With my friends I was a different person. I was loud, outgoing and excitable. They only knew something was wrong when I had my first panic attack. I was round a friend's house at a party and I had been drinking and smoking. I suddenly couldn't breathe and felt like I was going to throw up. It only lasted half an hour or so but it left me feeling completely on edge and out of control. It was the first sign to me that things weren't quite right.

I went to the GP after this and was diagnosed with anxiety and depression. I was put on citalopram (an SSRI). Within the next couple of days I had a breakdown. I am not sure if the diagnosis or the medication was responsible. I suddenly felt absolutely desolate. I went to Sixth Form College as per usual but I couldn't stop crying. All day. My friends didn't know what to do with me. I couldn't go to class or anything so I just sat outside the school and in the library all day, the tears not stopping. I felt absolutely worthless, hopeless and suicidal.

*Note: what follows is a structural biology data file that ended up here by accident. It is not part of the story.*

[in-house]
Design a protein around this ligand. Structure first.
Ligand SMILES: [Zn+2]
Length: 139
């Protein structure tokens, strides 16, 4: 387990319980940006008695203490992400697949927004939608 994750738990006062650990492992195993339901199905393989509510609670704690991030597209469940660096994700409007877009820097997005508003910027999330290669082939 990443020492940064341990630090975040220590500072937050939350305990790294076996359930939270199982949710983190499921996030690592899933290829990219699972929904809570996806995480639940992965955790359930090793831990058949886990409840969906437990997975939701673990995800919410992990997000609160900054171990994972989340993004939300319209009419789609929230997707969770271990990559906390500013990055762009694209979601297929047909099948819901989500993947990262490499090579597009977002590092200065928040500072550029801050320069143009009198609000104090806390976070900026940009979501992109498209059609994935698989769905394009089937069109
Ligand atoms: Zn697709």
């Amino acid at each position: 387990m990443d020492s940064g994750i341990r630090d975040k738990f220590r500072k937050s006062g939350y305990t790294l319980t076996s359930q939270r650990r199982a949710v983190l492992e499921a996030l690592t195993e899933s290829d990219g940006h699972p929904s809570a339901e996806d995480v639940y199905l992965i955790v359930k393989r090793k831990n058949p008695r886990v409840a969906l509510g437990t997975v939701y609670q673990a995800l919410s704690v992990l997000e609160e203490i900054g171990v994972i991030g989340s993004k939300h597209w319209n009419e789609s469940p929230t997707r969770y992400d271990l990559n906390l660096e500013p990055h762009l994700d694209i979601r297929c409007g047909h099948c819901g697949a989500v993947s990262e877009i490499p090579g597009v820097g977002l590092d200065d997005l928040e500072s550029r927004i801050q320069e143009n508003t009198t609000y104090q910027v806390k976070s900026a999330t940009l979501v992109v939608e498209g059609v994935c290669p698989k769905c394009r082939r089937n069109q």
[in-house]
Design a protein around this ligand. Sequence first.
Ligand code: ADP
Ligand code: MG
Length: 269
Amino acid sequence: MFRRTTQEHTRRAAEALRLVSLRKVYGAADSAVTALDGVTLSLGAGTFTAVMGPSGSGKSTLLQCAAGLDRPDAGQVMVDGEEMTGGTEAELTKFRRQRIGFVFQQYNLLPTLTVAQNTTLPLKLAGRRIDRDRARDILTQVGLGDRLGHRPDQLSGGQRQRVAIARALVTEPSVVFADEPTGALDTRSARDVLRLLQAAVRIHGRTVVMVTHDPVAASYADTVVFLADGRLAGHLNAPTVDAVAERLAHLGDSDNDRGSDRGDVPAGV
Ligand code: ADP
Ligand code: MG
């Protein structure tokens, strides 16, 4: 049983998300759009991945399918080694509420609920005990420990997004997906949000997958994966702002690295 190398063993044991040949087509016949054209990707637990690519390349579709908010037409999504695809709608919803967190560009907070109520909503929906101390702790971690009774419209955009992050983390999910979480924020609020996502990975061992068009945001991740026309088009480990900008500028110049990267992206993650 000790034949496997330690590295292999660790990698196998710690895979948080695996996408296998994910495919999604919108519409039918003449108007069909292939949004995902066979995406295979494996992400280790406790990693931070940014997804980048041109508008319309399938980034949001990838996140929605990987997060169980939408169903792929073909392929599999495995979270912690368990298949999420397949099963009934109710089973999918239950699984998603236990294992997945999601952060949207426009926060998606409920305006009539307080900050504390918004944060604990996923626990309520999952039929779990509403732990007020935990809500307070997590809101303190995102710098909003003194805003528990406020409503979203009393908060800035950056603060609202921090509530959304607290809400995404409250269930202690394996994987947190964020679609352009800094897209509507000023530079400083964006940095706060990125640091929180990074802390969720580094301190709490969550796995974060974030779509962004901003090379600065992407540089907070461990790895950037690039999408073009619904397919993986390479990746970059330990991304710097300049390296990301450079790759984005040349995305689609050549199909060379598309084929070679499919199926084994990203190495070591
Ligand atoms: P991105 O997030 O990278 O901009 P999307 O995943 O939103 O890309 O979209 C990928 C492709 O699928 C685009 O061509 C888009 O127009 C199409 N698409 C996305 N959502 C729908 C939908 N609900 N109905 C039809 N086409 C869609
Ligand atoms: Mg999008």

I stopped going to Sixth Form after that day. It was only five months until I was supposed to sit my A levels but I didn't return except to sit my exams. As you can imagine, I wasn't best prepared for them. I started university that summer and quit a few months later. I was having panic attacks, sleeping when I was supposed to be in class, not eating properly and getting very drunk and lost. I felt like life was completely pointless and I couldn't bear the thought of getting up in the morning.